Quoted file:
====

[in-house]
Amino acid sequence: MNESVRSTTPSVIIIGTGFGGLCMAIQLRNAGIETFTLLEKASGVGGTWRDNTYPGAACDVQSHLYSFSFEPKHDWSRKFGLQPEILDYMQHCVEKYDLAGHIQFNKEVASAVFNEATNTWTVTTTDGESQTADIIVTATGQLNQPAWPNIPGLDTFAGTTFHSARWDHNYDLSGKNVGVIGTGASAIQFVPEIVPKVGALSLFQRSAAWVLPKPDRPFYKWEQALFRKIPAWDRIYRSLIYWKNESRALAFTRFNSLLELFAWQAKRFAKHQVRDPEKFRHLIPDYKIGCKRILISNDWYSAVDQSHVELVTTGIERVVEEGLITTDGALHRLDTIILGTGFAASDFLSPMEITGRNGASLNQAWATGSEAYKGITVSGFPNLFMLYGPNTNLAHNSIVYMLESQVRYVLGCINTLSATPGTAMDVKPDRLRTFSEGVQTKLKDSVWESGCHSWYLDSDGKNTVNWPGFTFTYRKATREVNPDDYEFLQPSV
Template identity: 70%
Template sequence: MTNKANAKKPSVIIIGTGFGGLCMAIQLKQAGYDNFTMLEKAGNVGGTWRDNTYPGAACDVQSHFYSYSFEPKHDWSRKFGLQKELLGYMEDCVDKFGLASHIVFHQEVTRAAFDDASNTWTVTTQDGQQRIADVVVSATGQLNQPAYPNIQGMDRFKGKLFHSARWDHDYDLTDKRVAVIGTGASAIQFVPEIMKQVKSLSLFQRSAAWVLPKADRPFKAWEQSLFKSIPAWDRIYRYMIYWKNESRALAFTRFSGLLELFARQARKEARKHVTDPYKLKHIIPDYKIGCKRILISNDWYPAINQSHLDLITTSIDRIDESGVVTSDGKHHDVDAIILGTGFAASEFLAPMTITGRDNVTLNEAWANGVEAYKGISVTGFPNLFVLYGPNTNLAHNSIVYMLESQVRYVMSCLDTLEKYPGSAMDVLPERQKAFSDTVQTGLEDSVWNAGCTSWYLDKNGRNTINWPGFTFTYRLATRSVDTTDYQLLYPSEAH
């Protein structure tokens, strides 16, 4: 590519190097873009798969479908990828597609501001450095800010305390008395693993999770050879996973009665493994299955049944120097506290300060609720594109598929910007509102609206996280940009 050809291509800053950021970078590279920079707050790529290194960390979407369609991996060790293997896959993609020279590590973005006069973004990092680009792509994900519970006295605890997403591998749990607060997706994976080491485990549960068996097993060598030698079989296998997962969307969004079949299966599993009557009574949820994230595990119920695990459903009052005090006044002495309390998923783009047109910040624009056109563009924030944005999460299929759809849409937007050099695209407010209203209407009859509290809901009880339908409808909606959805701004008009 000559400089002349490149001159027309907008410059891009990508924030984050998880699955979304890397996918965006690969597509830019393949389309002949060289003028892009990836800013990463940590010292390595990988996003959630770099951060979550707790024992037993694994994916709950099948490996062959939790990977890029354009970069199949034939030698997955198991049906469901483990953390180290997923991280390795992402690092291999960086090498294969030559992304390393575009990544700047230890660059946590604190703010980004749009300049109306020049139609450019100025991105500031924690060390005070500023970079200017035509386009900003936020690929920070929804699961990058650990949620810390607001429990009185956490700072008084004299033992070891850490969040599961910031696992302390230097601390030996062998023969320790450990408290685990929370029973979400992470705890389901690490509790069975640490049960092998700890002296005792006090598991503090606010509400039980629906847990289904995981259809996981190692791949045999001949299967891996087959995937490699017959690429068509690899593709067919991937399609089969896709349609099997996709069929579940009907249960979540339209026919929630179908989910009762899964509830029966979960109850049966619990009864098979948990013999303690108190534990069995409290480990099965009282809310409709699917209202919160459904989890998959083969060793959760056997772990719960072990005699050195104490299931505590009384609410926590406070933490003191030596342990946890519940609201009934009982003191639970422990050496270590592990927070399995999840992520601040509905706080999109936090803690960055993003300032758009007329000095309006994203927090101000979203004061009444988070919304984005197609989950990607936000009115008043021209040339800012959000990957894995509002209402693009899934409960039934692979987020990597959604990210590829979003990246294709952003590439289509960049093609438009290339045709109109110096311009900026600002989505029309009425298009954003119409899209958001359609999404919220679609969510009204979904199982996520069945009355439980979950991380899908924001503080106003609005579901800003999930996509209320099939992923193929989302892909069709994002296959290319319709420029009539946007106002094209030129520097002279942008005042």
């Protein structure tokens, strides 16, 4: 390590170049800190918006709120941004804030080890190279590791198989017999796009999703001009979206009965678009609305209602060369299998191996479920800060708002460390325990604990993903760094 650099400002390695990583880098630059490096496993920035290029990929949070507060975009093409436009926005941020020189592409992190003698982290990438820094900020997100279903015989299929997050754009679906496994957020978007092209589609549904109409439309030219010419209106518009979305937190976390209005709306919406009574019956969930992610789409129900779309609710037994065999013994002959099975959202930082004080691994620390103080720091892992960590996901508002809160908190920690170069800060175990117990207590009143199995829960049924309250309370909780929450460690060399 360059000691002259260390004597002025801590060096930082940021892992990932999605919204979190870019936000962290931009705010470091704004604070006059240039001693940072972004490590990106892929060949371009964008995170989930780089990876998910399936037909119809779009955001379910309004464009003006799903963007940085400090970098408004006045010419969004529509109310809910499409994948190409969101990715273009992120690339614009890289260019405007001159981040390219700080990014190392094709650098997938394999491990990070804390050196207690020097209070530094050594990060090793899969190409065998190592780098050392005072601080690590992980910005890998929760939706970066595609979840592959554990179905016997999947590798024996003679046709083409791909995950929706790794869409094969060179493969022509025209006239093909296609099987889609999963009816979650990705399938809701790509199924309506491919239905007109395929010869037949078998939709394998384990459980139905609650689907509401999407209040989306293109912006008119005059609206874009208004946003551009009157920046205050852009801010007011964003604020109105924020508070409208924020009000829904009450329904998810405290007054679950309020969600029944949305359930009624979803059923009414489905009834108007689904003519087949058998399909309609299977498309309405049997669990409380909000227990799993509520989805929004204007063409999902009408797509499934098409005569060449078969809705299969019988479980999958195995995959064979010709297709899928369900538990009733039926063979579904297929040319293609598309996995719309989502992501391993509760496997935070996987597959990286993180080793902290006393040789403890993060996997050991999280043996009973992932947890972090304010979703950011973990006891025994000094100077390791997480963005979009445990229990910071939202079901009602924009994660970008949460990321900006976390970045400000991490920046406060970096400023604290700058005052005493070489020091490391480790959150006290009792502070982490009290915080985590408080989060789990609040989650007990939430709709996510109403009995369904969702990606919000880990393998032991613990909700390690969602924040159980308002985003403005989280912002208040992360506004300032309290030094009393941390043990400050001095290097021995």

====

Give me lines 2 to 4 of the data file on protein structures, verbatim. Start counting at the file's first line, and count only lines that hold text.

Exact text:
Amino acid sequence: MNESVRSTTPSVIIIGTGFGGLCMAIQLRNAGIETFTLLEKASGVGGTWRDNTYPGAACDVQSHLYSFSFEPKHDWSRKFGLQPEILDYMQHCVEKYDLAGHIQFNKEVASAVFNEATNTWTVTTTDGESQTADIIVTATGQLNQPAWPNIPGLDTFAGTTFHSARWDHNYDLSGKNVGVIGTGASAIQFVPEIVPKVGALSLFQRSAAWVLPKPDRPFYKWEQALFRKIPAWDRIYRSLIYWKNESRALAFTRFNSLLELFAWQAKRFAKHQVRDPEKFRHLIPDYKIGCKRILISNDWYSAVDQSHVELVTTGIERVVEEGLITTDGALHRLDTIILGTGFAASDFLSPMEITGRNGASLNQAWATGSEAYKGITVSGFPNLFMLYGPNTNLAHNSIVYMLESQVRYVLGCINTLSATPGTAMDVKPDRLRTFSEGVQTKLKDSVWESGCHSWYLDSDGKNTVNWPGFTFTYRKATREVNPDDYEFLQPSV
Template identity: 70%
Template sequence: MTNKANAKKPSVIIIGTGFGGLCMAIQLKQAGYDNFTMLEKAGNVGGTWRDNTYPGAACDVQSHFYSYSFEPKHDWSRKFGLQKELLGYMEDCVDKFGLASHIVFHQEVTRAAFDDASNTWTVTTQDGQQRIADVVVSATGQLNQPAYPNIQGMDRFKGKLFHSARWDHDYDLTDKRVAVIGTGASAIQFVPEIMKQVKSLSLFQRSAAWVLPKADRPFKAWEQSLFKSIPAWDRIYRYMIYWKNESRALAFTRFSGLLELFARQARKEARKHVTDPYKLKHIIPDYKIGCKRILISNDWYPAINQSHLDLITTSIDRIDESGVVTSDGKHHDVDAIILGTGFAASEFLAPMTITGRDNVTLNEAWANGVEAYKGISVTGFPNLFVLYGPNTNLAHNSIVYMLESQVRYVMSCLDTLEKYPGSAMDVLPERQKAFSDTVQTGLEDSVWNAGCTSWYLDKNGRNTINWPGFTFTYRLATRSVDTTDYQLLYPSEAH